It was at Wimbledon that Jones' name began to soar. He appeared very solid in midfield and often won the ball. His tough personality blended in perfectly with the Wimbledon squad. He seemed to be a player who was sent to the field to intimidate and beat opponents.

And it helped Wimbledon beat Liverpool in one of the most famous FA Cup finals in 1988. Wimbledon stunned the Reds in front of nearly 100,000 fans at Old Wembley Stadium. Wimbledon narrowly won 1-0.

The formidable 'Crazy Gang' of the likes of Jones, John Fashanu, Dennis Wise and Sanchez really caught Liverpool off guard, and it saw Jones brought in by Leeds United, where he won Division Two in 1989.

He had spells at Sheffield United and Chelsea from 1990 to 1992, but he was unable to establish himself as a regular until he finally returned to Wimbledon.

His second spell at Wimbledon lasted six years, ending his career as player-coach at Queens Park Rangers in 1998/99.

Even though his career ended in an unimpressive way, but if it were not for his unfortunate experience in the world of cinema, his name might have been forgotten by now.

However, there is one other thing that football lovers cannot forget about Jones; Yes, it is a horror tackle that cannot be passed by the opponent.

Indeed, he is also known as a midfielder who has extraordinary passing accuracy and slick finishing, but his tackles and lunges at opposing players will continue to stick in the heads of many people.

February 1988 is perhaps the most famous of his violent plays. At that time he grabbed the testicles of Tottenham player Paul Gascoigne.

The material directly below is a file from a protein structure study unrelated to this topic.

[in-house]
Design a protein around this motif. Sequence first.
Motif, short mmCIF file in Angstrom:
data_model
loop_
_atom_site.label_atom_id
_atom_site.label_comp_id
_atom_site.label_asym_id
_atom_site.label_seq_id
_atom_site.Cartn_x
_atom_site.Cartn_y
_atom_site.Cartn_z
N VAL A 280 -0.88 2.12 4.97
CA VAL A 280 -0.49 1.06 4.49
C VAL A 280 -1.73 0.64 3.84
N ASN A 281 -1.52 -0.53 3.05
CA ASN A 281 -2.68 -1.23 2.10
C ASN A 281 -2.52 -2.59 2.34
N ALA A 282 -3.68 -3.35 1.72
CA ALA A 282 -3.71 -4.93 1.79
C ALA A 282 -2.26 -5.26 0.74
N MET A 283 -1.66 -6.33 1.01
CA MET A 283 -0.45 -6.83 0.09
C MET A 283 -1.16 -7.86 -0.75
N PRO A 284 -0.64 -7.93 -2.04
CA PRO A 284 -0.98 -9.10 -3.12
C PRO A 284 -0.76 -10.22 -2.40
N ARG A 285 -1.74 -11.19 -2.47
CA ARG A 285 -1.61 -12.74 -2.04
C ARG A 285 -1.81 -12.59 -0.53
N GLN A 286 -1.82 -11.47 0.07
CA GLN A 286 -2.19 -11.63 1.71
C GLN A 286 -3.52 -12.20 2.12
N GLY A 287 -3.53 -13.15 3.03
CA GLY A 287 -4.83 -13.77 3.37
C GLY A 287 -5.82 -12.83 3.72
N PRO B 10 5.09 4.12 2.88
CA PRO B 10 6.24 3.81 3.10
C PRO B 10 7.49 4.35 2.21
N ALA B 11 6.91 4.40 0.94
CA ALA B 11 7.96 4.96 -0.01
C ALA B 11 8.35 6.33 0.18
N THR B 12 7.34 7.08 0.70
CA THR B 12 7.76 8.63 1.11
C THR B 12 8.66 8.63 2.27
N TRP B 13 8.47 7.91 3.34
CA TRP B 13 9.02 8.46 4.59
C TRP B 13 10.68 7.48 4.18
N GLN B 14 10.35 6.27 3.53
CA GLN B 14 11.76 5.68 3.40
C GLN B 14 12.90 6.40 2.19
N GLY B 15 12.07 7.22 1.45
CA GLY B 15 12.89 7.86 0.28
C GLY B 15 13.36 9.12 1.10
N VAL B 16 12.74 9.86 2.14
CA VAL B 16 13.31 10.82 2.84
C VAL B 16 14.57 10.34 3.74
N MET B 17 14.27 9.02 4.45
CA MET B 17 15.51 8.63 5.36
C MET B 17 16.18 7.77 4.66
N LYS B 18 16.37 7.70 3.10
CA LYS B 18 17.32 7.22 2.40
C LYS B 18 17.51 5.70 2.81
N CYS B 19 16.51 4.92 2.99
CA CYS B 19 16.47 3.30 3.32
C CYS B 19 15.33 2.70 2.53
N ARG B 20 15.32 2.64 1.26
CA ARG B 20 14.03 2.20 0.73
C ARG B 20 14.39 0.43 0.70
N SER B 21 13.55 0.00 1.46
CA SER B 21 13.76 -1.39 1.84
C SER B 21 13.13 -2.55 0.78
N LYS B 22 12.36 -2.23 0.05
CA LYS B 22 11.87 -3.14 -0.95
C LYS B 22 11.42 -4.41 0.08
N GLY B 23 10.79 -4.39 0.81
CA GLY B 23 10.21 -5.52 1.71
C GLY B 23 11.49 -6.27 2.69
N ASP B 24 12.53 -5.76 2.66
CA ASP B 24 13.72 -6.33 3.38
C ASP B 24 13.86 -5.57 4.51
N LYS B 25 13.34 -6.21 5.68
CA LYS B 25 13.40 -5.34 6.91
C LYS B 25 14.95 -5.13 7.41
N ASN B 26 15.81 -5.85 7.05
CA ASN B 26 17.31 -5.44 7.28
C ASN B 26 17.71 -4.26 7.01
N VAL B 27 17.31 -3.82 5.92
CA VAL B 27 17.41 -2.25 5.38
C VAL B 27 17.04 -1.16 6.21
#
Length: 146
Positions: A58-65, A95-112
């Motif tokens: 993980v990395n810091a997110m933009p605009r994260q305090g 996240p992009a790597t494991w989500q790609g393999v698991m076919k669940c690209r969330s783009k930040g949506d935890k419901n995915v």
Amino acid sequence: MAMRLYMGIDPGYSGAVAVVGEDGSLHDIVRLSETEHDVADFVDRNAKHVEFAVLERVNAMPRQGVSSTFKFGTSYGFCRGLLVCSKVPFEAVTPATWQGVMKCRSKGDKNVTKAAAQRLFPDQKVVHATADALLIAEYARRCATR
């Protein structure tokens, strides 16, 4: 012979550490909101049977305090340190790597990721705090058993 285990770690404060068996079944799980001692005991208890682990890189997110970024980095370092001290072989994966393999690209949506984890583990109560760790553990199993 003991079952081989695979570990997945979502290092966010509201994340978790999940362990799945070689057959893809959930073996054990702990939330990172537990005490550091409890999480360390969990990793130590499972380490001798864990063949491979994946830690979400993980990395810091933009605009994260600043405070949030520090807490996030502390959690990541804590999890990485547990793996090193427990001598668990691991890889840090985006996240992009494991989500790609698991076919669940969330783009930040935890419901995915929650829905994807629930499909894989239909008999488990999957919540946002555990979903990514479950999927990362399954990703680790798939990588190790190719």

However, his hard tackle on Steve McMahon from Liverpool in the FA Cup final clearly cannot be forgotten. A few months later, he ended the career of Tottenham defender Gary Stevens after a horrific tackle on Stevens' leg, leaving him never to fully recover from his knee injury and retiring several years later.

Then, there was another moment of 'violence'. In his second spell at Wimbledon, in 1994 to be precise, he tackled Manchester United star Eric Cantona, and once again, he was aiming not at the ball, but only at Cantona's feet.


So 'thugs' in the film world

After deciding to hang up his boots, Jones seems to have found a new world to be able to vent his anger on. He has played in more than 70 films to date and most of the roles he has played are as a 'thug' or an antagonist.

Gone in 60 Seconds, The Midnight Man, Loaded to Rush Hour 3 are some of the films he has starred in.

Nearly 40 years since he made his debut aged 19 for Wealdstone, it's remarkable how Vinnie Jones' football career has gone. He decides not to be a football hero, but to become an anti-hero -- quite like a movie scenario that needs an antagonist to create a grand drama...

The following are films currently showing online in Cinemas

Those are recommendations for cinema films showing on New Year's Eve. Enjoy watching.